Ayurveda attributes seasonal allergies to imbalances in the physiology caused by a reactive type of digestive toxin called amavisha. Ama, the simpler initial form of digestive impurities, is created because of imperfect digestion. If the accumulation of ama in the digestive tract is not corrected, the ama eventually travels to different organs or tissues in the body and over time gets transformed into the more reactive amavisha.
Allergens such as dust or pollen interact with the amavisha, creating an allergic reaction. It is the reactive nature of amavisha that causes allergic reactions. Wherever they interact and interfere, these toxins make it hard for the cells to function properly in that part of the body.
Signs of amavisha vary depending on which part of the body the amavisha is located. If the amavisha/allergen combination affects the skin, the result could be rashes, discoloration, roughness or irritation. The same mixture in the lungs is linked to respiratory allergies. Amavisha/allergens in the intestinal tract causes GI tract allergy or diarrhoea.
But it's important to understand that it's not the allergens themselves that are causing the allergic reaction. Many other people breathe the same pollen, the same ragweed, and they have no reaction whatsoever. It's the presence of amavisha in the physiology that makes the allergens create such a reaction.
Amavisha has an additional, more long-term effect: it disrupts the natural balance of the immune system. When the immune system is affected by the accumulation of amavisha, it loses its adaptability-its ability to regain equilibrium when confronted with sudden change.
For instance, when spring begins, and new plants bloom and release pollen, or the weather shifts between hot and cold or humid and dry, these dramatic changes in the environment challenge the immune system. In normal circumstances, the person can adapt. But if the immune system is already taxed by the presence of amavisha, and therefore can't respond to seasonal change with normal flexibility, the body succumbs to imbalance, and starts to express allergic symptoms.
In Ayurveda it is traditional to detoxify the body at the end of each season, before the new season begins. This is recommended because the weather and environment during one season will impact the body and create certain imbalances, causing the body to accumulate ama or amavisha. You need to flush out those toxins before the next season starts, in order to prepare the body to confront the changes it will be facing.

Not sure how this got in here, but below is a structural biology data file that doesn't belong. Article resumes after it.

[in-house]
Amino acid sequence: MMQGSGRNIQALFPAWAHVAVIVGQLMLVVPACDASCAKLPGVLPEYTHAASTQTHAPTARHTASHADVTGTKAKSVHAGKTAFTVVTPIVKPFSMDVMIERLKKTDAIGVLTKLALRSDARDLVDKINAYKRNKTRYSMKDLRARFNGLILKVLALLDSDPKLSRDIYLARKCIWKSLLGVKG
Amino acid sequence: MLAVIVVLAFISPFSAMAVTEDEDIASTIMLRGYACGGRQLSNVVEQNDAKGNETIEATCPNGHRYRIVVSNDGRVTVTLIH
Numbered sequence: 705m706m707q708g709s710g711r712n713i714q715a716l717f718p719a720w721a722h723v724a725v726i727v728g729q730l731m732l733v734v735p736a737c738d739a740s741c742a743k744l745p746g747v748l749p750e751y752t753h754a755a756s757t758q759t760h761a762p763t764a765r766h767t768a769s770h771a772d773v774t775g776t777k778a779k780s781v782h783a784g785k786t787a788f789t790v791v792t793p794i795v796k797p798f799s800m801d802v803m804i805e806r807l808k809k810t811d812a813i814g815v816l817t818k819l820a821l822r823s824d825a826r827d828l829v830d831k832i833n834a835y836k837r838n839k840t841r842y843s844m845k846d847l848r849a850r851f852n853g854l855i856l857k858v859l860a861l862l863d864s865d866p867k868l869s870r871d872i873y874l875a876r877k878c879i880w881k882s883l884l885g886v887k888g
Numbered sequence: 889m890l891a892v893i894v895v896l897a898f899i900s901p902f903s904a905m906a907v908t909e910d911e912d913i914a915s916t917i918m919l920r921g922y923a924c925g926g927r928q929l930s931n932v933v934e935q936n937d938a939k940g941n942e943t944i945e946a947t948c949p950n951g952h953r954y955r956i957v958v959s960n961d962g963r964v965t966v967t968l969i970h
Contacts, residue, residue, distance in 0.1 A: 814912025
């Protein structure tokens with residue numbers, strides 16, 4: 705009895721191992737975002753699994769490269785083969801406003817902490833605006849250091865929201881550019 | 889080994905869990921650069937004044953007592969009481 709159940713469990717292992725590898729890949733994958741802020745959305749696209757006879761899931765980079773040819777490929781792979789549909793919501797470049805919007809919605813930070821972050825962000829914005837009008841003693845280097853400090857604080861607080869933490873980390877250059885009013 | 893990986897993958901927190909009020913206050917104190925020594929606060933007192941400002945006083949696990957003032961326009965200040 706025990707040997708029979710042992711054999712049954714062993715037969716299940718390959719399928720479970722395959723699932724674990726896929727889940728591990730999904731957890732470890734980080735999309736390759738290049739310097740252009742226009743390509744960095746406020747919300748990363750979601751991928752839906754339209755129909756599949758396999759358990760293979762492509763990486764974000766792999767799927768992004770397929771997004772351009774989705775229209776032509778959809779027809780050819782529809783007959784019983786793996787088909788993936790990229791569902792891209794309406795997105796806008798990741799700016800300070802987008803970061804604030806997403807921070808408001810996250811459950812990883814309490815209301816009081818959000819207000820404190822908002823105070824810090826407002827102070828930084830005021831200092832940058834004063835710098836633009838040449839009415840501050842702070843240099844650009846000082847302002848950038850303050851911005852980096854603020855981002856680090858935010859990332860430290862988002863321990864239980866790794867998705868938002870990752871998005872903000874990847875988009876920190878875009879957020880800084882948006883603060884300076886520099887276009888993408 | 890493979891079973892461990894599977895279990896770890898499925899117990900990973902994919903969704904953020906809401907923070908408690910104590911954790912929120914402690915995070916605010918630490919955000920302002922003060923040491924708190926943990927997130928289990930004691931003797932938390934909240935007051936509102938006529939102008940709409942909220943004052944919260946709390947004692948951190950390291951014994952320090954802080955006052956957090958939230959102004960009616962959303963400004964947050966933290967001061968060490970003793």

Another reason for seasonal detoxification is to cleanse the shrotas, the micro-channels that carry nutrient fluid to the cells and carry waste products away from the cells. If the shrotas are clogged with toxins, then the immune system is slowed down.
Avoid eating heavy, indigestible foods such as ice cream and other ice-cold foods and drinks, heavy desserts, oily or fried foods, sour yogurt, red meat, and hard cheeses. Also avoid leftovers, packaged, canned, frozen or processed foods of any kind, as these are difficult to digest and include chemicals or preservatives that tax the liver and lead to the formation of amavisha.
Instead, eat a light, nourishing diet of cooked, lightly spiced organic, fresh vegetables and fruits, whole grains and dhal (lentil) soups for protein.
Sip hot water throughout the day to help eliminate toxins. Get plenty of rest and enjoy mild exercise such as walking every day.
To continue to detoxify your body during the allergy season, eat lots of green vegetables and summer squashes, such as zucchini or lauki. These are cooling and pacify the reactivity of amavisha. Hard winter squashes such as pumpkin and butternut squash, on the other hand, are not recommended as they are more difficult to digest.